Four Elegies by Richard Jackson




It exists only in the mud puddle just as Escher saw another world at the bottom of his painting, but here now, 8,000 miles from you, where the moon tries desperately to reflect its reasons, where the cat comes to sip and turns away, where the tracks leading away disappear after a few steps, where the sun now seems to only paint shadows of tree limbs, and a few passers by who avoid the puddle, as it slips down behind a hill ,but not your shadow which has wandered off without you into its own darkness from the Peračica Viaduckt where rope jumpers used to free fall into another world, as above them the paragliders turned pages of the wind writing new stories with each turn, and beneath it all the tiny stream still cuts into the rock on its desperate journey that knows no end.

        –– Remembering Aleš Debeljak




Not like Zecheriah who became mute because he didn’t
believe the angel’s words. But instead, those few dates
traced in the table dust at the outdoor café, birthdates,
it turned out, for friends we might have in common. A few
years after the stroke. How does anyone not feel shuttered
by that? The sky was a mirror for what we never said.
Our words exist only for what is absent. Our loves exist
because the moonlight evaporates before we can hold it.
Sunlight splintered on the clouds. Our own reflections,
traced on the surface, continued downstream somewhere.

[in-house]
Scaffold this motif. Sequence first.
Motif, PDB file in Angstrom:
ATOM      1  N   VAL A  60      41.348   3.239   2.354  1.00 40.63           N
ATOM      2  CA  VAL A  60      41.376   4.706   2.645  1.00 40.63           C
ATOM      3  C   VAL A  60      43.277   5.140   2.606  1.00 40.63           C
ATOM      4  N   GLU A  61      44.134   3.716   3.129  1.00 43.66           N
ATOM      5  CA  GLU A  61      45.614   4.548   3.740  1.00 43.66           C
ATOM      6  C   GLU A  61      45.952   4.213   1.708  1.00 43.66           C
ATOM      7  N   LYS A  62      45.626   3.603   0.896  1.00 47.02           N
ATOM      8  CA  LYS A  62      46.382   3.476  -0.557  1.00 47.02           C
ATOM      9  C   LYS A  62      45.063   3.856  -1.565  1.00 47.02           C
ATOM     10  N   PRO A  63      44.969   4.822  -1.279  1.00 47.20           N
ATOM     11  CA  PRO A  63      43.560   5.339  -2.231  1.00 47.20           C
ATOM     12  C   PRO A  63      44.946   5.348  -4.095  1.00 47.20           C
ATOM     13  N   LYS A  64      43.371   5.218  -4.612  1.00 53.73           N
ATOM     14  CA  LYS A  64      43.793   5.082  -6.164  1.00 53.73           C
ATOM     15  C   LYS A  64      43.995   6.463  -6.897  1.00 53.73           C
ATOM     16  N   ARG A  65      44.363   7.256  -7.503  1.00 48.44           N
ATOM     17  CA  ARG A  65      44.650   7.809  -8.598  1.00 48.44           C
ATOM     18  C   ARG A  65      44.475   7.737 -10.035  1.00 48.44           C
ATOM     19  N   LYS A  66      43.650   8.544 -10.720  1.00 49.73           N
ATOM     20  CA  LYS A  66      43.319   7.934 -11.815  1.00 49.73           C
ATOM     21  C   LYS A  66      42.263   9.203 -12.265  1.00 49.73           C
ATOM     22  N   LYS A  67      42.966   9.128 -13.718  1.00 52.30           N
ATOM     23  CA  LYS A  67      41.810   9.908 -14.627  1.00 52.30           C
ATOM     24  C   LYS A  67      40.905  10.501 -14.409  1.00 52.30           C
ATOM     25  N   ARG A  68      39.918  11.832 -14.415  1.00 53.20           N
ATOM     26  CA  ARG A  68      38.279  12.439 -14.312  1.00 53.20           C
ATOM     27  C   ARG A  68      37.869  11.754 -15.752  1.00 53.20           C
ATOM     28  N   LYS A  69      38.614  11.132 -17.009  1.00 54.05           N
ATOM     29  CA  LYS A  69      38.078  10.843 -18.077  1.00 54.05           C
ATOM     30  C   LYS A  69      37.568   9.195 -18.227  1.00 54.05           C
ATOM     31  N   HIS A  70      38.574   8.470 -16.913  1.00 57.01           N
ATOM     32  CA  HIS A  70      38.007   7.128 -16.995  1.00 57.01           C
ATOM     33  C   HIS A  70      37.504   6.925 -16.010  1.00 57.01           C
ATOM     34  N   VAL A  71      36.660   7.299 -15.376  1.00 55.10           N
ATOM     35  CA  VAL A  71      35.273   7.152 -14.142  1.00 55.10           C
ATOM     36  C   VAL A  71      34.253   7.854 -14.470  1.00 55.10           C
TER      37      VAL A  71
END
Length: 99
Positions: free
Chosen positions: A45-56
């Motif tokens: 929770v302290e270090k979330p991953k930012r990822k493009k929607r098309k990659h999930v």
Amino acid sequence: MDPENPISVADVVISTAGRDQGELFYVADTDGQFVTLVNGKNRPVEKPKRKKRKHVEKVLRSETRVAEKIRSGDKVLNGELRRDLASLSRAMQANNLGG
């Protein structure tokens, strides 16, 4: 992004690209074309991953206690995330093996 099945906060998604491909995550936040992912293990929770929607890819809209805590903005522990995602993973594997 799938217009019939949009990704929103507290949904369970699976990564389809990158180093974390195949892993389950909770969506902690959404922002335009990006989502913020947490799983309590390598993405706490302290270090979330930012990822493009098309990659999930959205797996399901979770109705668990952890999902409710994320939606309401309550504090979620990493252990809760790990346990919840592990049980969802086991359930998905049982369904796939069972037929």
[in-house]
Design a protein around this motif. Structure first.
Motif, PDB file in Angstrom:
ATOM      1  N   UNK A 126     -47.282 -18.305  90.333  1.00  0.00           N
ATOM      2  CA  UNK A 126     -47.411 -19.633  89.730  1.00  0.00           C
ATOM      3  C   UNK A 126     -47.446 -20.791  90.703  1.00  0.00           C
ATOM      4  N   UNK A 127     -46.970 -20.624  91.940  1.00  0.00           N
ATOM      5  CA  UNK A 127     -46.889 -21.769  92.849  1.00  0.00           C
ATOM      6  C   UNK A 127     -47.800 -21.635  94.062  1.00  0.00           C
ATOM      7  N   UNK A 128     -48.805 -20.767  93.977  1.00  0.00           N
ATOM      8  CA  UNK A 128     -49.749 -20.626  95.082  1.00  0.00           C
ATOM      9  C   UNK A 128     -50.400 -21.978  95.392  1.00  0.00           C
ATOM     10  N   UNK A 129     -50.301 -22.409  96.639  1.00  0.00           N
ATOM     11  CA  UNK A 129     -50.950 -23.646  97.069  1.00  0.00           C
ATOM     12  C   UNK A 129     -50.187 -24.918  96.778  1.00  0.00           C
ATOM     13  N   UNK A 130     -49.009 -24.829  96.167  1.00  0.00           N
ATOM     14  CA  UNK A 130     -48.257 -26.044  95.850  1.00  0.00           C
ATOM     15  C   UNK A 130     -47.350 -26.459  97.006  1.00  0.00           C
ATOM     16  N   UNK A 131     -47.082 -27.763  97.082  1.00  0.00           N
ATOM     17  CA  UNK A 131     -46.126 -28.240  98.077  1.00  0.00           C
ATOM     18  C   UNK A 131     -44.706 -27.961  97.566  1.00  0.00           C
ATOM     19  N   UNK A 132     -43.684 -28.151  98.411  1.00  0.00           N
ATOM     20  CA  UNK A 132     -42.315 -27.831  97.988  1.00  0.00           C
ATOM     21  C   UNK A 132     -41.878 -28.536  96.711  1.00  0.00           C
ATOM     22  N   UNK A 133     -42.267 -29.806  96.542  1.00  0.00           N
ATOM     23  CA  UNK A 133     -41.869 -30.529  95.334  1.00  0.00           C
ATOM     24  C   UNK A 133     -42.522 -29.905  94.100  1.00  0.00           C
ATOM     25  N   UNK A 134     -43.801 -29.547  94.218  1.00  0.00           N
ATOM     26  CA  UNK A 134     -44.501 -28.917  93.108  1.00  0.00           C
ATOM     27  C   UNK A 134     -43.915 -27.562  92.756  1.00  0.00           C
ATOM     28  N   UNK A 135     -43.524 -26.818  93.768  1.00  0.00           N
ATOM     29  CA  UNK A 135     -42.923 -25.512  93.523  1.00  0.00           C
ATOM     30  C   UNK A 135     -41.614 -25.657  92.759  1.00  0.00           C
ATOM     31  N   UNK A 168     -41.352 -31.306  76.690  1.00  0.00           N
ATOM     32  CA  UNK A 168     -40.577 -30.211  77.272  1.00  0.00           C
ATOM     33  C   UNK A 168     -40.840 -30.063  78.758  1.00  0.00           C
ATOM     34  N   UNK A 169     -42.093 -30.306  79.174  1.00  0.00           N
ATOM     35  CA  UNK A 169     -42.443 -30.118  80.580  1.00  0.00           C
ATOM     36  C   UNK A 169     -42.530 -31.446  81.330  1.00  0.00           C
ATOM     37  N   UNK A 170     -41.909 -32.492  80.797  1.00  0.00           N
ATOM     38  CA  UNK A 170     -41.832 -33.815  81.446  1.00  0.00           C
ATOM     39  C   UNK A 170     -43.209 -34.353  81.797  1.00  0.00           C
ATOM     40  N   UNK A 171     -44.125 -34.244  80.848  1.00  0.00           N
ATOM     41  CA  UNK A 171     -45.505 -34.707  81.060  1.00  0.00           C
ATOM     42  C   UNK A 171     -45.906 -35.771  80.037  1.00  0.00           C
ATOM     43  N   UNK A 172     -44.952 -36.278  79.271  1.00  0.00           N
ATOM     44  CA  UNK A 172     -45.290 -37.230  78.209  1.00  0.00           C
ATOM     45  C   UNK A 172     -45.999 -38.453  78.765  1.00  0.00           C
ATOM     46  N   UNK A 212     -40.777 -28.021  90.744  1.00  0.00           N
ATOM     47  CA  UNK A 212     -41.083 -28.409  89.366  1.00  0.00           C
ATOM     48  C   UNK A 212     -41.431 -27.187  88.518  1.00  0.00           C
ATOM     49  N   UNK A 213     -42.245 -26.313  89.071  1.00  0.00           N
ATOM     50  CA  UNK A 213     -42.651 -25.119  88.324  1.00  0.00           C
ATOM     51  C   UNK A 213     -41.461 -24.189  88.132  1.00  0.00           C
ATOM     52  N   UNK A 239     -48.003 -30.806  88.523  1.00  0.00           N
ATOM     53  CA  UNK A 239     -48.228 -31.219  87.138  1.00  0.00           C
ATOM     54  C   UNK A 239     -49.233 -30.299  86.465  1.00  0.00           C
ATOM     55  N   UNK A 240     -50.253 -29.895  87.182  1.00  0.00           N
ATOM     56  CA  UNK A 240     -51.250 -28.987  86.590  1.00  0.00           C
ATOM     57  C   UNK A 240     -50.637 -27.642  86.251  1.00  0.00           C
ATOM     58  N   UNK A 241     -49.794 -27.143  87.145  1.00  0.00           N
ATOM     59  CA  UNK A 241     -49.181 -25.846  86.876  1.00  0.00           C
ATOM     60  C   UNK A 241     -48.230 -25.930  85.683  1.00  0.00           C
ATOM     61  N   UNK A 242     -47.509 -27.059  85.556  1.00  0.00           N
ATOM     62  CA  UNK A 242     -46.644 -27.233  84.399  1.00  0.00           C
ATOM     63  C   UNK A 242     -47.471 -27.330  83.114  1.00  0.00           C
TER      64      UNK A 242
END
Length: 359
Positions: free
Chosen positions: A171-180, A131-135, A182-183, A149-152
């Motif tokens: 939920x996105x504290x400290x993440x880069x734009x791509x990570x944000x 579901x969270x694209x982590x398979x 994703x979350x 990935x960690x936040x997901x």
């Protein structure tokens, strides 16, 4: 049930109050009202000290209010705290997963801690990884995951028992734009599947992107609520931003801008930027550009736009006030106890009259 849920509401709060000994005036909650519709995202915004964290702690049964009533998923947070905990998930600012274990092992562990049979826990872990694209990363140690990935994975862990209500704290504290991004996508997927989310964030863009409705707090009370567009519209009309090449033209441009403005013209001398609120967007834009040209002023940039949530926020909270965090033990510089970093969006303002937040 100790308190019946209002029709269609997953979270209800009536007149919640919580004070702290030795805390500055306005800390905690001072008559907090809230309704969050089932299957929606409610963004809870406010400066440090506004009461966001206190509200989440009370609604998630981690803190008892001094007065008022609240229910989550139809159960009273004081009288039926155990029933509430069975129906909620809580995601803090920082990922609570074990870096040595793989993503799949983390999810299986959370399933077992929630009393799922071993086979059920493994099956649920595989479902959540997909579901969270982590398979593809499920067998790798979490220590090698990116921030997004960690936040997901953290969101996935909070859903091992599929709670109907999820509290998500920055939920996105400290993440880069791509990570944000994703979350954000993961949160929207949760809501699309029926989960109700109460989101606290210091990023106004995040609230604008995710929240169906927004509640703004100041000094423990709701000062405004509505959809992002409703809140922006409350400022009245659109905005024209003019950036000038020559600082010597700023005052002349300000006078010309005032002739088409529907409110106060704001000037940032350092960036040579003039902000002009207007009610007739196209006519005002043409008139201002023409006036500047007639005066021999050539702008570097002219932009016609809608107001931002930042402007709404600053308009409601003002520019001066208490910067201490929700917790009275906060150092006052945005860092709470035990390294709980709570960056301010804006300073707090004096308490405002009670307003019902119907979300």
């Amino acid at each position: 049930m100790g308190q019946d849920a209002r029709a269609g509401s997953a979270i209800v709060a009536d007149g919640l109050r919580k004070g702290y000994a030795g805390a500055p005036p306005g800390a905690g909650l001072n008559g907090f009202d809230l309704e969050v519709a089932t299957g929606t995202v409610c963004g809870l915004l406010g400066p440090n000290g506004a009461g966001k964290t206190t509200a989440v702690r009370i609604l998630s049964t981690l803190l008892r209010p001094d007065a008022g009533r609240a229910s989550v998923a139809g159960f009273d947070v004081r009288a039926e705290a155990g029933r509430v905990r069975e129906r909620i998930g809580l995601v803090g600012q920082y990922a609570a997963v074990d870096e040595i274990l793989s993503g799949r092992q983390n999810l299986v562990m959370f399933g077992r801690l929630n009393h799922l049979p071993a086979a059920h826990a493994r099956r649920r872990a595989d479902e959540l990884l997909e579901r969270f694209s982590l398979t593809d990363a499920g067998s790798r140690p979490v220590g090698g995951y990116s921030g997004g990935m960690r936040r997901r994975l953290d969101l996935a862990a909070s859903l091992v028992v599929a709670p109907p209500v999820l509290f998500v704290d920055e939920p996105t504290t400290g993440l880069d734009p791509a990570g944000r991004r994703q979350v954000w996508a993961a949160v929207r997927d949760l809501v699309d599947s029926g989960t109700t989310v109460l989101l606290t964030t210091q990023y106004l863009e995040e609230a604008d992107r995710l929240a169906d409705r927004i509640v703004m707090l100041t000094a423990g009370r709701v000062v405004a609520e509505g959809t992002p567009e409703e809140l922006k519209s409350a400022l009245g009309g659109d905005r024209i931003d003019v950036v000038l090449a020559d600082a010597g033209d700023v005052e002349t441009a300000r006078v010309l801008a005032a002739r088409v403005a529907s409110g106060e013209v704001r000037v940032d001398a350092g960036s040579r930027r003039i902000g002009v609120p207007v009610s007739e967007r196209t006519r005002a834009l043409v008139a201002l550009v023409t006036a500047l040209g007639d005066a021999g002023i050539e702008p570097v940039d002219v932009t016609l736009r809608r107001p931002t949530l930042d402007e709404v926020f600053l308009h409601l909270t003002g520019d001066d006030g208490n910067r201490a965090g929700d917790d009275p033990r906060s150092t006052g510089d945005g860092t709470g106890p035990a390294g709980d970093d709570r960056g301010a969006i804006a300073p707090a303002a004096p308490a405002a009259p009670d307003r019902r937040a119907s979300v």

The roads, too, never agree on any destination. So it seemed
the moment we were waiting for got mislaid. It arrives now,
too late, as I am listening to your left hand piano that flutters,
a hummingbird questioning a flower, threading through
the heart with the silent language the angel would understand.

        –– Remembering Tomas Tranströmer


Aleš Debeljak (left) with Tomas Tranströmer (center) and Richard Jackson (right)
Aleš Debeljak (left) with Tomas Tranströmer (center) and Richard Jackson (right) in 1998



        We are under an invincible blindness as to the true and real
        nature of things… All the choir of heaven and furniture of earth—
        in a word, all those bodies which compose the frame of the world –
        have not any substance without a mind.

                                                                        — George Berkeley

When we reached finally the edge of the cliff we saw
that we were no longer able to see. We seemed to live
in the space just beyond the rim, created, perhaps,
by the wings of butterflies we heard cutting at the air.
We rubbed against colors – the bark of pine trees,
the questioning updrafts, the gravel answering our steps.
There was a feeling someone else was there, or had recently
left. We seemed to walk between our own words. And
what was that slipping gingerly through the underbrush
behind us? Someone guessed only a ground thrush,
another a fox. It was only then that we began to understand
that the world we see is not the world we see. Somewhere
a star was exploding. By this we knew another world
had died which we would hear of in another age. We could
feel the sunlight peeling the shadows from the obstinate earth.
It was a long way to the other side, a distance we measured
the way dolphins use the echoes of their sounds to navigate.
This was the clarity through which we came, finally, to see.

        –– Remembering Jim Tate




        There is in all visible things an invisible fecundity,
        a dimmed light, a meek namelessness.

                                                                        –Thomas Merton

Another burdensome fog shrouds the harbor lighthouse.
Bluegills just offshore snap and flick the surface with enough
flash to replace the long dead stars. These nights the soul leaves